If you love running, you know how frustrating it can be to deal with a knee injury. One of the runners’ most common knee injuries is a torn meniscus, a tear in the cartilage that cushions the knee joint. A torn meniscus can cause pain, swelling, stiffness, and difficulty bending and straightening the knee.
But can you run with a torn meniscus? Should you stop running until it heals? The answer is not so simple, as it depends on several factors, such as the type and severity of the tear, your symptoms, your treatment options, and your goals.
Can you run with a torn meniscus?
The short answer is maybe – but only with extreme caution. The meniscus is a C-shaped piece of cartilage in your knee that acts as a cushion and stabilizer. A torn meniscus can be painful and make daily activities difficult, let alone high-impact exercise like running. However, running may be possible with modifications for some people with small, stable tears and minimal pain.
Why you should avoid running with a torn meniscus
Running is not recommended with a torn meniscus because it can further worsen your injury and damage your cartilage.
When you run, your knees absorb forces up to 3-5 times your body weight with each stride. For someone with a tear in their meniscus, these forces can:
Enlarge the tear
The impact and twisting motions from running can cause a small tear to become larger and more complex.
Cause more damage
Running increases instability in the knee, which then results in more friction and wear on your cartilage.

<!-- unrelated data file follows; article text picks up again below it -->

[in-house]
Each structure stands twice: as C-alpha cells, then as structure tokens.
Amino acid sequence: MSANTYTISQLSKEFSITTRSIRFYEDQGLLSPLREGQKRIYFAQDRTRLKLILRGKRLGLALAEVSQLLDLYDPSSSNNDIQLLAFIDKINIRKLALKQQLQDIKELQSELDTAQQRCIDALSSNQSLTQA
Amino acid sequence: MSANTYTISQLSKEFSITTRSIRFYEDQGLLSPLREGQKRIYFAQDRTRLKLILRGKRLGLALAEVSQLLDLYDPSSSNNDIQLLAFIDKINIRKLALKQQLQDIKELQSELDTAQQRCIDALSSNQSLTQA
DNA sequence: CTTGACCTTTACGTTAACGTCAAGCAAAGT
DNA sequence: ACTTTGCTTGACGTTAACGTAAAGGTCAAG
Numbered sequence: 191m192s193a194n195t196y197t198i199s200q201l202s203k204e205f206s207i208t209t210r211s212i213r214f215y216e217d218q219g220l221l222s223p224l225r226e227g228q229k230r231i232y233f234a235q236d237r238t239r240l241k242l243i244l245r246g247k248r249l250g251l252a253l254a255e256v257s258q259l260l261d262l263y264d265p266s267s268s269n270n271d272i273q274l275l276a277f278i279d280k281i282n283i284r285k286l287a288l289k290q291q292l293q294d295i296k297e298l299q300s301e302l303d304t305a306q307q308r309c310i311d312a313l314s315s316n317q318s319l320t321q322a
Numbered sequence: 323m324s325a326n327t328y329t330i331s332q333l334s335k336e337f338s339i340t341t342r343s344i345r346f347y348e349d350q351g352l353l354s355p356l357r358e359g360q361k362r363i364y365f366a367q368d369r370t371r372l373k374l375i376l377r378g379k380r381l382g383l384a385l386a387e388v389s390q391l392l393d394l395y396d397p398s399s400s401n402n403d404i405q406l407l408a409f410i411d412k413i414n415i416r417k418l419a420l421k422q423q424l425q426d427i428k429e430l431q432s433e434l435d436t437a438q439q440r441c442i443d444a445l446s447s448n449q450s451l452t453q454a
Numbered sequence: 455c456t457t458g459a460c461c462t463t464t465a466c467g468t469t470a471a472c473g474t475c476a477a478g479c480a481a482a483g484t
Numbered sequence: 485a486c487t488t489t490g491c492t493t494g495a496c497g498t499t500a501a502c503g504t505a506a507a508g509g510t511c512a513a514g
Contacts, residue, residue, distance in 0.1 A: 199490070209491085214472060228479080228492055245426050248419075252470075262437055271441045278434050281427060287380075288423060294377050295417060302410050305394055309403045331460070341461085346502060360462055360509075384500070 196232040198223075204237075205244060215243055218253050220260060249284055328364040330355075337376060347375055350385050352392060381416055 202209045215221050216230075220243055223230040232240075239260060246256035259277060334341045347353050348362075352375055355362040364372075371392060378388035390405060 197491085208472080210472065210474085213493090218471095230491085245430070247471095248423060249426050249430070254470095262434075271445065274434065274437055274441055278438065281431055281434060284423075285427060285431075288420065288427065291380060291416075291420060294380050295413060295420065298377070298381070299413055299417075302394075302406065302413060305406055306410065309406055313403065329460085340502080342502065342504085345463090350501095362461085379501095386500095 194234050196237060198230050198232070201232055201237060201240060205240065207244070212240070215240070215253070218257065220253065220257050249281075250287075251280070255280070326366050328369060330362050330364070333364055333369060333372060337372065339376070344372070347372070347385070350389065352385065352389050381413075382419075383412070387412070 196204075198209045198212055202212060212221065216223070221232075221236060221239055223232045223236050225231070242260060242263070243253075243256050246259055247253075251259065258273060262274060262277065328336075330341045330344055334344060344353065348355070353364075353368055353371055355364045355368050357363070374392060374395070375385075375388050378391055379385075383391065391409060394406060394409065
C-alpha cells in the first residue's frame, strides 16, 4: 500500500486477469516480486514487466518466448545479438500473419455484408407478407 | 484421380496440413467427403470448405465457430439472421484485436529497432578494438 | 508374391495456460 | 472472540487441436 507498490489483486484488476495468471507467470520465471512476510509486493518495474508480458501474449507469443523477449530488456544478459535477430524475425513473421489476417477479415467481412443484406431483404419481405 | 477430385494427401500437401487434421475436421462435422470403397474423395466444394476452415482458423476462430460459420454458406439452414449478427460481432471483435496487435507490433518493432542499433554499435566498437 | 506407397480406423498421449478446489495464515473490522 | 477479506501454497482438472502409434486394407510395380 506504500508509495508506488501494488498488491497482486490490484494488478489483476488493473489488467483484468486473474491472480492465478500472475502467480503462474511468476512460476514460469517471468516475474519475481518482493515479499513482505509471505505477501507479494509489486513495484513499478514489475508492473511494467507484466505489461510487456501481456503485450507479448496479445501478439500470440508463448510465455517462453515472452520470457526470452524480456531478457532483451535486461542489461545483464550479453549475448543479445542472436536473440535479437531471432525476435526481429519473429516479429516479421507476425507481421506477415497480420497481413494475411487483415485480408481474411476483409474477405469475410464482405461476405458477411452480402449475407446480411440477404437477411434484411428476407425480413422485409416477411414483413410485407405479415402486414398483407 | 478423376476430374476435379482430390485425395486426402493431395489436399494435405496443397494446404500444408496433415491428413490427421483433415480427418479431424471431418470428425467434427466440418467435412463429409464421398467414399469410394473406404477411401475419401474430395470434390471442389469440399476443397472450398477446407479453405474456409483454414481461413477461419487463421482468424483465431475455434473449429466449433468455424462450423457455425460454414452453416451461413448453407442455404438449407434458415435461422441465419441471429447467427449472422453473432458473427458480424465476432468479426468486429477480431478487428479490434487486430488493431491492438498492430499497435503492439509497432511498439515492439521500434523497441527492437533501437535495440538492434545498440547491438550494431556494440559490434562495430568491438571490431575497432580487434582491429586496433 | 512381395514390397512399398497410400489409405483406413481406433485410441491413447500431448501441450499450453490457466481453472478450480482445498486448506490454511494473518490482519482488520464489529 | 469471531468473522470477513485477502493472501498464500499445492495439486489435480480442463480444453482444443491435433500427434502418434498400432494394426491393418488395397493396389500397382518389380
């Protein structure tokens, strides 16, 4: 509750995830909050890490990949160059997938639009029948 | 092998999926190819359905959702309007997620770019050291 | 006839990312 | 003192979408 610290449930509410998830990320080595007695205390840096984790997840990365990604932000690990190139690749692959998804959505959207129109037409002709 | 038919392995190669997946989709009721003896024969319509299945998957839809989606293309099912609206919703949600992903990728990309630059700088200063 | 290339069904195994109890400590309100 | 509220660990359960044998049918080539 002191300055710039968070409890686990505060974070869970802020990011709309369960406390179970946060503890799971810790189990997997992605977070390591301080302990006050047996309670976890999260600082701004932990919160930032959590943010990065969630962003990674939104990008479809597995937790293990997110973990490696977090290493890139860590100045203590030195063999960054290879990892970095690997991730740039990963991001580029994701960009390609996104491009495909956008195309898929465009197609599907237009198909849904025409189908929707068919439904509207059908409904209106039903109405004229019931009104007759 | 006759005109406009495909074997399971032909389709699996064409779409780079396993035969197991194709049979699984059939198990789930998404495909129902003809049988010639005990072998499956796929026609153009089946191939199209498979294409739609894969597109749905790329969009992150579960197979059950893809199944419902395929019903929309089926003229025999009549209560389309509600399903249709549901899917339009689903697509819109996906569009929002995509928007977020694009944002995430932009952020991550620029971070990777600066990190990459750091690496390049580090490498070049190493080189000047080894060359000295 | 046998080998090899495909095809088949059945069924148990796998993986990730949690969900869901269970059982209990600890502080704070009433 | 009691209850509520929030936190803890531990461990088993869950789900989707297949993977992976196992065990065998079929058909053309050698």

As the tear worsens and cartilage deteriorates, you’ll likely experience increasing pain and inflammation.
A torn meniscus typically repairs very slowly, if at all. Running can make proper healing even more difficult.
When Running May Be Okay – With Modifications
For some people with tiny, stable tears and minimal symptoms, light, low-impact running may be possible – IF you:
Only run/jog for short distances leisurely to see how your knee responds.
Focus on form
Lean slightly and land on your midfoot or forefoot to reduce impact forces.
Wear shoes with extra cushioning and support to absorb shock.
Run at most every other day. Rest is vital for your knee to recover between runs.
Supplement with low-impact exercises like cycling, elliptical work, and swimming.
Physical therapy or chiropractic treatments may help reduce pain and inflammation, strengthening the muscles around your knee to provide more stability while running.
In short, while light running might be possible for some people with a torn meniscus, it’s still likely not advisable. The risks of further damage and setbacks generally outweigh the benefits. Physical therapy, alternative exercises, and even surgery may be better options to help manage your condition and restore mobility – without placing undue stress on your injured knee.